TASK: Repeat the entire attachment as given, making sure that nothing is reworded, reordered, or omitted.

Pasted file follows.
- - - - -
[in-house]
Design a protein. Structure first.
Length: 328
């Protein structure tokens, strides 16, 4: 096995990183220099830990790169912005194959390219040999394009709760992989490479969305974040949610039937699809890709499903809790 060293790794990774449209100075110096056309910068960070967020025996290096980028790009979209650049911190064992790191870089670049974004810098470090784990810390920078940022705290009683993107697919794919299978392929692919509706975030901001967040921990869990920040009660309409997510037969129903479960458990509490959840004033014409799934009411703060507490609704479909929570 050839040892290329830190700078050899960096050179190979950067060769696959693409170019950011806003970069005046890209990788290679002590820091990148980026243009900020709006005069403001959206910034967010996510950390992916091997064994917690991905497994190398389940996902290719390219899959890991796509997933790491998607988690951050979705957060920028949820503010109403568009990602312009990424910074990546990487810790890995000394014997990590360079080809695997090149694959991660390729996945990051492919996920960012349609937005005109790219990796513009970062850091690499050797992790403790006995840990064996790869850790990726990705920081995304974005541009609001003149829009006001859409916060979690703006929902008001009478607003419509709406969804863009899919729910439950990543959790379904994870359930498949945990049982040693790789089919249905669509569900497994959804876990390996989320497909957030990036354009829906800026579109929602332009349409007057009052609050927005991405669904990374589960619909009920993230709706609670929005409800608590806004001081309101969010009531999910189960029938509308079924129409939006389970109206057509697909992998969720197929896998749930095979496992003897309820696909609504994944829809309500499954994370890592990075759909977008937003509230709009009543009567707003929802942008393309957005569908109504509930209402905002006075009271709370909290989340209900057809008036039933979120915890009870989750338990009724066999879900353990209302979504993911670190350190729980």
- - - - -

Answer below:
[in-house]
Design a protein. Structure first.
Length: 328
């Protein structure tokens, strides 16, 4: 096995990183220099830990790169912005194959390219040999394009709760992989490479969305974040949610039937699809890709499903809790 060293790794990774449209100075110096056309910068960070967020025996290096980028790009979209650049911190064992790191870089670049974004810098470090784990810390920078940022705290009683993107697919794919299978392929692919509706975030901001967040921990869990920040009660309409997510037969129903479960458990509490959840004033014409799934009411703060507490609704479909929570 050839040892290329830190700078050899960096050179190979950067060769696959693409170019950011806003970069005046890209990788290679002590820091990148980026243009900020709006005069403001959206910034967010996510950390992916091997064994917690991905497994190398389940996902290719390219899959890991796509997933790491998607988690951050979705957060920028949820503010109403568009990602312009990424910074990546990487810790890995000394014997990590360079080809695997090149694959991660390729996945990051492919996920960012349609937005005109790219990796513009970062850091690499050797992790403790006995840990064996790869850790990726990705920081995304974005541009609001003149829009006001859409916060979690703006929902008001009478607003419509709406969804863009899919729910439950990543959790379904994870359930498949945990049982040693790789089919249905669509569900497994959804876990390996989320497909957030990036354009829906800026579109929602332009349409007057009052609050927005991405669904990374589960619909009920993230709706609670929005409800608590806004001081309101969010009531999910189960029938509308079924129409939006389970109206057509697909992998969720197929896998749930095979496992003897309820696909609504994944829809309500499954994370890592990075759909977008937003509230709009009543009567707003929802942008393309957005569908109504509930209402905002006075009271709370909290989340209900057809008036039933979120915890009870989750338990009724066999879900353990209302979504993911670190350190729980």